If we truly believe that skin color is nothing more than melanin level, and we truly believe every person is intrinsically valued because of Imago Dei, then WHY doesn’t that statistic move us to action?

Some of you might be thinking, what action? What can I possibly do as a white person who is largely unaffected by all of this? It’s a question I’m wrestling with. A question I’ve heard many of my friends wrestling with, too. Here’s where I’ve landed so far:

  • Listen and listen carefully. Not to other white people. Listen to our fellow black image bearers who understand in a way a white person never will. Check your Twitter and Facebook feeds. I highly respect Trip Lee. Follow him and see who he’s retweeting. You’ll find some really compelling, Christ-centered voices who are part of the black community.
  • Say something. Not an opinion. Lord knows we have too many of those flying around the social media sphere. Now’s not the time to add to that particular noise. Now is the time to lock arms and speak love. It can be as simple as, “I’m listening. And I’m standing with you.”
  • Speak truth. When a family member, friend, or acquaintance says something that sounds/feels wrong–when their words or attitude devalue life, any life–push back. Point it out. Respectfully and in love.
  • Pray. For healing. For justice. For restoration. For love to win.

I think this is a good place to start.

* Please know, I’m nervous about this post. I’m nervous about stepping into these waters, because there’s so much I don’t know and don’t understand. I feel a little bit like someone with no kids trying to talk on parenting. If you have beautiful brown skin like my daughter, please chime in. If I’ve said something that doesn’t sit right, please chime in. I want to understand better.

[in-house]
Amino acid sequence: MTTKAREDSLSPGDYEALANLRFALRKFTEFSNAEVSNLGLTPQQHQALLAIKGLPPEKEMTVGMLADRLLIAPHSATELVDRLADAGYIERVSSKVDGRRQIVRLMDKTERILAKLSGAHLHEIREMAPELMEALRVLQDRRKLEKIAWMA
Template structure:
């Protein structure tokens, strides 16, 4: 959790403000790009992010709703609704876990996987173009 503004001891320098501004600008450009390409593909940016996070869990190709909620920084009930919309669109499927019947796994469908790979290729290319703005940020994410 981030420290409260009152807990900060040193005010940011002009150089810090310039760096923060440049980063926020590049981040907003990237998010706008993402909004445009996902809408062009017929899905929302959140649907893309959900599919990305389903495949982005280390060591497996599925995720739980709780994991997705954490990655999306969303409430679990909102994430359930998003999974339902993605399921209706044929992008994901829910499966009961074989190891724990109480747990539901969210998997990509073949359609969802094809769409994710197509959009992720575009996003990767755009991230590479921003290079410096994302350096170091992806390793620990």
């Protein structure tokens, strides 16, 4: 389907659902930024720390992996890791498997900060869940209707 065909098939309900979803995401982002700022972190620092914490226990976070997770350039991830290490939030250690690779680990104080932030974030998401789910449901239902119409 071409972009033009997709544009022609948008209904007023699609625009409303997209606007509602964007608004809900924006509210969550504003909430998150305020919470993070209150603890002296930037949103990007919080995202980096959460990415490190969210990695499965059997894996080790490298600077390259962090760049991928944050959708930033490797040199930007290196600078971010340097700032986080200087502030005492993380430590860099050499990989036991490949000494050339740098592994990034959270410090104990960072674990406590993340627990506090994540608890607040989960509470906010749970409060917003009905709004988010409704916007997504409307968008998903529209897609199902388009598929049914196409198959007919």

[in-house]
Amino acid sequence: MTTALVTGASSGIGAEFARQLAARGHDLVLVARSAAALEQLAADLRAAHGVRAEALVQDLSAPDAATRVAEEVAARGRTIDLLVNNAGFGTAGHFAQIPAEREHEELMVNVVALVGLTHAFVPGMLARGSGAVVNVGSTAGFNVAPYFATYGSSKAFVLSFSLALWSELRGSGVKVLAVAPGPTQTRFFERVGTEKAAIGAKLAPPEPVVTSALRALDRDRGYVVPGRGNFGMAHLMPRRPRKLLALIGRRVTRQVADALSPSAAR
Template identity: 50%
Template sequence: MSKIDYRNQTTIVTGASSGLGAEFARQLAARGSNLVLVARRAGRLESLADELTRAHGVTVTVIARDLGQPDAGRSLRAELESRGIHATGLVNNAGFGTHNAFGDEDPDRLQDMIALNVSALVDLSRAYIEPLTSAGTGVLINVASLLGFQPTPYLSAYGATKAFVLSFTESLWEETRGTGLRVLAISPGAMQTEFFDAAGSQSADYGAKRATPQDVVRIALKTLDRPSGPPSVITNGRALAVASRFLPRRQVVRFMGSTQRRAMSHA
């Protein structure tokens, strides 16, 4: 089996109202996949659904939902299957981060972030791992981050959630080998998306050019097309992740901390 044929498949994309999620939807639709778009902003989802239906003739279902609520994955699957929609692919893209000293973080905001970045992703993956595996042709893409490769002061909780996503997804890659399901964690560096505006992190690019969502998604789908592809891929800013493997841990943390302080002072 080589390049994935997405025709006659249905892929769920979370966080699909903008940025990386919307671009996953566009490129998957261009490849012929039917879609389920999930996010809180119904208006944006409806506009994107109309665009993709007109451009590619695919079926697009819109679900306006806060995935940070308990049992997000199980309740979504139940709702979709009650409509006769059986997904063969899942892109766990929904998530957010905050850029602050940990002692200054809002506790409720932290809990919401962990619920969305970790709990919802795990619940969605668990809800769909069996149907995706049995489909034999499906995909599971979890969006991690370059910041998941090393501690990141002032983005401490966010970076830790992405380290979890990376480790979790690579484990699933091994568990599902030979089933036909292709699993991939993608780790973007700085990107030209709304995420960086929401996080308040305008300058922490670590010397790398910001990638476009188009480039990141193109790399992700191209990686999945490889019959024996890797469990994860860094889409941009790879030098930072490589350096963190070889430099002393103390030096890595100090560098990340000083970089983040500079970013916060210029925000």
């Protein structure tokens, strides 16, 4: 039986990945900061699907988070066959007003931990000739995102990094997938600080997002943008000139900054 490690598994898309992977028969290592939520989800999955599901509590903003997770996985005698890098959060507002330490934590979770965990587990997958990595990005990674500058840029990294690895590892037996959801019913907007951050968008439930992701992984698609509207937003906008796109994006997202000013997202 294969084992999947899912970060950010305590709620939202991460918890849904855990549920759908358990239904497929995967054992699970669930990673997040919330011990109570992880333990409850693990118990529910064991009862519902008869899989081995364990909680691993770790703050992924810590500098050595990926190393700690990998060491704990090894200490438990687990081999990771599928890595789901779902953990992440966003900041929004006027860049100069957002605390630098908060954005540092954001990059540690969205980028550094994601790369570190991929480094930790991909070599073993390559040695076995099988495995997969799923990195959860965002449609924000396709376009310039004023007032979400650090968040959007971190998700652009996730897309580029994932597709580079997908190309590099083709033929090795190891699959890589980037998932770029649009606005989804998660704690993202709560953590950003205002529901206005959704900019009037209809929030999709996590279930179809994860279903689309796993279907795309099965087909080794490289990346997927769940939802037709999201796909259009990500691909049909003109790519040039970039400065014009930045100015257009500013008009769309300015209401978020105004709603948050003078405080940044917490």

A Fall Love Affair

fall leaves

Fall is my favorite.

Never mind what comes after. We won’t talk about that now. (This is a happy place.)

For now, we will strictly focus on FALL and all that is lovely.

The vibrant leaves on the trees.

The air turning crisp.

The scent of burning leaves.

Pumpkin spice coffee creamer.

Bags and bags of candy corn in the candy aisle at the grocery store.

Pumpkin patches and hay rack rides and jack-o-lanterns.

Apple orchards and sweatshirts and jeans and the crunch, crunch, crunch of leaves under my sneakers.

Hot chocolate in styrofoam cups at Friday night high school football games.

Wrapped up under a down comforter with the window cracked just enough to let in the nighttime chill and the haunting sound of train whistles in the distance.

Yep, I love fall. Love it down to my bones.

Maybe that’s one of the reasons I had so much fun writing my upcoming novella, An October Bride (releases September 23rd). It takes place during two of my favorite months (September and October) in northern Wisconsin, and includes many of my favorite fall-season things listed above. I can’t wait to introduce you to Emma Tate and Jake Sawyer!

An October Bride

Until then…

What’s YOUR favorite thing about fall?

Why Hello There!